Referral system in the spotlight after several contentious calls at Trent Bridge.
If ever confirmation was needed the umpire’s decision is no longer final, at least at international level, the first Test between England and Australia at Trent Bridge provided the proof.
An enthralling match, which England won by 14 runs, was beset by controversies over the use of the Decision Review System (DRS).
It ended when England challenged the original verdict of experienced umpire Aleem Dar to give Brad Haddin not out after an appeal for caught behind off man-of-the-match James Anderson.
But Hot Spot technology indicated Haddin had got a thin nick to opposing wicketkeeper Matt Prior.
Ashes-holders England’s joy was unconfined, as was that of the bulk of a 17,000 capacity crowd when, after receiving word from South African third umpire Marais Erasmus, Pakistani official Dar crossed his arms to signal a change of decision and raised his finger to give Haddin out.
DRS was brought in by the International Cricket Council (ICC) to eliminate the ‘howler’ or spectacularly incorrect decision, although such is powerhouse India’s dislike of the set-up, it isn’t used in bilateral fixtures involving the Asian giants.
Yet on the third day of this match, England’s Stuart Broad got a thick edge off spinner Ashton Agar that went to Australia captain Michael Clarke at slip.
Australia claimed the catch but Dar gave Broad not out.
However, as Australia had used up both their two permitted reviews in the innings on incorrect challenges, the tourists couldn’t overturn Dar’s call.
Meanwhile the rules governing DRS meant Erasmus was powerless to intervene without a referral or a request for guidance from his on-field colleagues.
Broad, who had then made 37, went on to score 65 and share a key seventh-wicket second innings partnership of 138 with Ian Bell (109) that helped give England’s bowlers enough runs to defend on Sunday.
England undoubtedly exercised better judgement in using DRS than Australia and home captain Alastair Cook said knowing when to seek a review was now part of the game.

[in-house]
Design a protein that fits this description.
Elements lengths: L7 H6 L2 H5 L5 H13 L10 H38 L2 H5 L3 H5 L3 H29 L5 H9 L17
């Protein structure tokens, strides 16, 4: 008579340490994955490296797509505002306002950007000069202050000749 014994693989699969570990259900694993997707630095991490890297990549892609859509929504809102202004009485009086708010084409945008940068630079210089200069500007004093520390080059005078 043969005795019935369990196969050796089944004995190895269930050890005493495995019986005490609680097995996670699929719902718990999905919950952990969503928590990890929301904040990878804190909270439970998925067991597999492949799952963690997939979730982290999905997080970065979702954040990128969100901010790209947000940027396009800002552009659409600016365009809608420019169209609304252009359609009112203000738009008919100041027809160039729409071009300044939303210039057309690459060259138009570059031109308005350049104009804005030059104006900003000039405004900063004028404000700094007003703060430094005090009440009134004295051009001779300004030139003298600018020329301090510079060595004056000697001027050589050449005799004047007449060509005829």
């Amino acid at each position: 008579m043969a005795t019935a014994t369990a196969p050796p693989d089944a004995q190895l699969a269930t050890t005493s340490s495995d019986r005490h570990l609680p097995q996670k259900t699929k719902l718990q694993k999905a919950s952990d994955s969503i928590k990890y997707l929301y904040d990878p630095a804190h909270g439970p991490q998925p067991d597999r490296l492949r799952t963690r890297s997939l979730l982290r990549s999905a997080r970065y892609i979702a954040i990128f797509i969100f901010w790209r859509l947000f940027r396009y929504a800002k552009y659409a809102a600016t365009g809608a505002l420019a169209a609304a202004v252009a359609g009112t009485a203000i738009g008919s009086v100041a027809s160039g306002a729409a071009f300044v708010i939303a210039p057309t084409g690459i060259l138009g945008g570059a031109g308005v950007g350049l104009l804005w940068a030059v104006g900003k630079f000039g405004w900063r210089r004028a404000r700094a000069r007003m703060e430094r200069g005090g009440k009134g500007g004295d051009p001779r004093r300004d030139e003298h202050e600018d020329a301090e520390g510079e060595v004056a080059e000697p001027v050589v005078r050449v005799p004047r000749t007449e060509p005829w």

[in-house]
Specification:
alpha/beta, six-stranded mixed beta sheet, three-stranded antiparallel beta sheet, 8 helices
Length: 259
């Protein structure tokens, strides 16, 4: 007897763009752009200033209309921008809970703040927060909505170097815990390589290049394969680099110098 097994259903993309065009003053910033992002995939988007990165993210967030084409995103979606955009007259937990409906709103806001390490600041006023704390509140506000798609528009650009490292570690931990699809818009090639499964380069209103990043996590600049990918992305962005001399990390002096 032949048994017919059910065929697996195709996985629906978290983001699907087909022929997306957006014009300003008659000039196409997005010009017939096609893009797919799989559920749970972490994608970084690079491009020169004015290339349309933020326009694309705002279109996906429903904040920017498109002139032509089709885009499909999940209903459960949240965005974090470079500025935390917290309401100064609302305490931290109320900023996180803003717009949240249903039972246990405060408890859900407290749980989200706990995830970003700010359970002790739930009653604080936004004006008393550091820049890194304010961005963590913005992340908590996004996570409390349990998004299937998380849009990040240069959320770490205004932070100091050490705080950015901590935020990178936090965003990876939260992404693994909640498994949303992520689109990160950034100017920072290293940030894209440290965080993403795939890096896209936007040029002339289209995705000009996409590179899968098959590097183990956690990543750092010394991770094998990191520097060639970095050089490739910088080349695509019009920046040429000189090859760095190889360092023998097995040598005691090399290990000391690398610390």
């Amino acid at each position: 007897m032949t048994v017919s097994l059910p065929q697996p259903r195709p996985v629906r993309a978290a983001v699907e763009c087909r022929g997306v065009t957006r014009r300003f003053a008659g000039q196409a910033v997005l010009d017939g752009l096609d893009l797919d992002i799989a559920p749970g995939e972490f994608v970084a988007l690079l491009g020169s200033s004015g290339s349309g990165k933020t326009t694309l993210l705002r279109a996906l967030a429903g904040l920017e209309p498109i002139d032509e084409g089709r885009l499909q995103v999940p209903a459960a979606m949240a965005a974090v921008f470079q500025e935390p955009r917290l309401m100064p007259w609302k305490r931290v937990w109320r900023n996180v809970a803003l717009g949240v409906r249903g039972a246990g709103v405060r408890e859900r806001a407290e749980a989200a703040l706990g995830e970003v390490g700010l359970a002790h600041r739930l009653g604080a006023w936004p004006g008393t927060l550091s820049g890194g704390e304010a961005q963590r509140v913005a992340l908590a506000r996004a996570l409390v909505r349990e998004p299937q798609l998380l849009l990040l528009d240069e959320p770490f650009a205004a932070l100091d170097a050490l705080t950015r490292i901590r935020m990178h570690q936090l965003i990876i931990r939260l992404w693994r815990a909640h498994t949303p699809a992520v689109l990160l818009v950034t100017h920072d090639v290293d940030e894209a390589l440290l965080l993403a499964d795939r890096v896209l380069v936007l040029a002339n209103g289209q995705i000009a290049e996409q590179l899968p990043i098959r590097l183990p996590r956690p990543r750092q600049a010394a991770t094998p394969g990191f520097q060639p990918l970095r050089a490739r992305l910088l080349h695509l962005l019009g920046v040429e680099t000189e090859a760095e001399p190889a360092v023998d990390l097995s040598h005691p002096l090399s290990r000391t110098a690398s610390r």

“I think it’s pretty fair as there is a bit of skill in using DRS and you have to have a little human element,” explained Cook.
“Tactically we have found that we have been quite poor with DRS in the past and in this game we’ve been a bit better.
“You have to be careful as a captain. Bowlers in the heat of battle think it is definitely out and you can waste them.
“It’s so important that decisions are right because they impact the game, and I think both sides feel that.
“There’s absolutely nothing wrong with it because I’d much rather be sitting here with this result right now because of that last wicket than if we’re sitting here and lost and it had been given not out.
“That would be wrong for the game.”
Meanwhile Clarke denied the match had hinged on the Broad incident.
“I don’t think the Test was decided on one DRS call at all,” he said.
“At the end of the day this is what we’ve got for this series and I’m going to concentrate on getting my referrals better.”
This Test also highlighted how, with England and Australia between them providing eight members of the ICC’s 12-strong panel of elite umpires, that leaves only four men – Dar, Sri Lanka’s Kumar Dharmasena, also standing on the field at Trent Bridge, Erasmus and New Zealand’s Tony Hill – who are currently in line to officiate in Ashes clashes.
For most of Test cricket’s 136-year history the host country has provided both on-field umpires.
But perceptions of bias led the ICC to move to ‘neutral’ umpires, with the third umpire’s remit increasing in line with technology.
However, with England and Australia due to meet in nine more Tests between now and January, the ICC appear to have little room for manoeuvre should one or more of the available quartet of elite panel umpires suffer a loss of form.